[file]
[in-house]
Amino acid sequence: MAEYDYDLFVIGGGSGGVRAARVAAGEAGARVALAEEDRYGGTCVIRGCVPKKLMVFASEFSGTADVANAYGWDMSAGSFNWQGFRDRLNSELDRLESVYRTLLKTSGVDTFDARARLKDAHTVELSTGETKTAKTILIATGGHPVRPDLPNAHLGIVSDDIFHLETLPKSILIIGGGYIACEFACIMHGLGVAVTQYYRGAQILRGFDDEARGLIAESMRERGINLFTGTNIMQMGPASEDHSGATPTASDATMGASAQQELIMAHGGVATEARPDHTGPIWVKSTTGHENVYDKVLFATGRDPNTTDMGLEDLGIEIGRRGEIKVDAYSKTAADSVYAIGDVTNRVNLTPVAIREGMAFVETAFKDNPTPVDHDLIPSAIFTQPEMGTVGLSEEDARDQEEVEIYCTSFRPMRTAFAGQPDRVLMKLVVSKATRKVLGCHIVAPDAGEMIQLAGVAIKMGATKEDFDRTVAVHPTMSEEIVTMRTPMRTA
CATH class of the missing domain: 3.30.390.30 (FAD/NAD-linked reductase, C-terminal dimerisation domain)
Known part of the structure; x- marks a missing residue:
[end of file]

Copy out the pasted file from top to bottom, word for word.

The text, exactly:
[in-house]
Amino acid sequence: MAEYDYDLFVIGGGSGGVRAARVAAGEAGARVALAEEDRYGGTCVIRGCVPKKLMVFASEFSGTADVANAYGWDMSAGSFNWQGFRDRLNSELDRLESVYRTLLKTSGVDTFDARARLKDAHTVELSTGETKTAKTILIATGGHPVRPDLPNAHLGIVSDDIFHLETLPKSILIIGGGYIACEFACIMHGLGVAVTQYYRGAQILRGFDDEARGLIAESMRERGINLFTGTNIMQMGPASEDHSGATPTASDATMGASAQQELIMAHGGVATEARPDHTGPIWVKSTTGHENVYDKVLFATGRDPNTTDMGLEDLGIEIGRRGEIKVDAYSKTAADSVYAIGDVTNRVNLTPVAIREGMAFVETAFKDNPTPVDHDLIPSAIFTQPEMGTVGLSEEDARDQEEVEIYCTSFRPMRTAFAGQPDRVLMKLVVSKATRKVLGCHIVAPDAGEMIQLAGVAIKMGATKEDFDRTVAVHPTMSEEIVTMRTPMRTA
CATH class of the missing domain: 3.30.390.30 (FAD/NAD-linked reductase, C-terminal dimerisation domain)
Known part of the structure; x- marks a missing residue: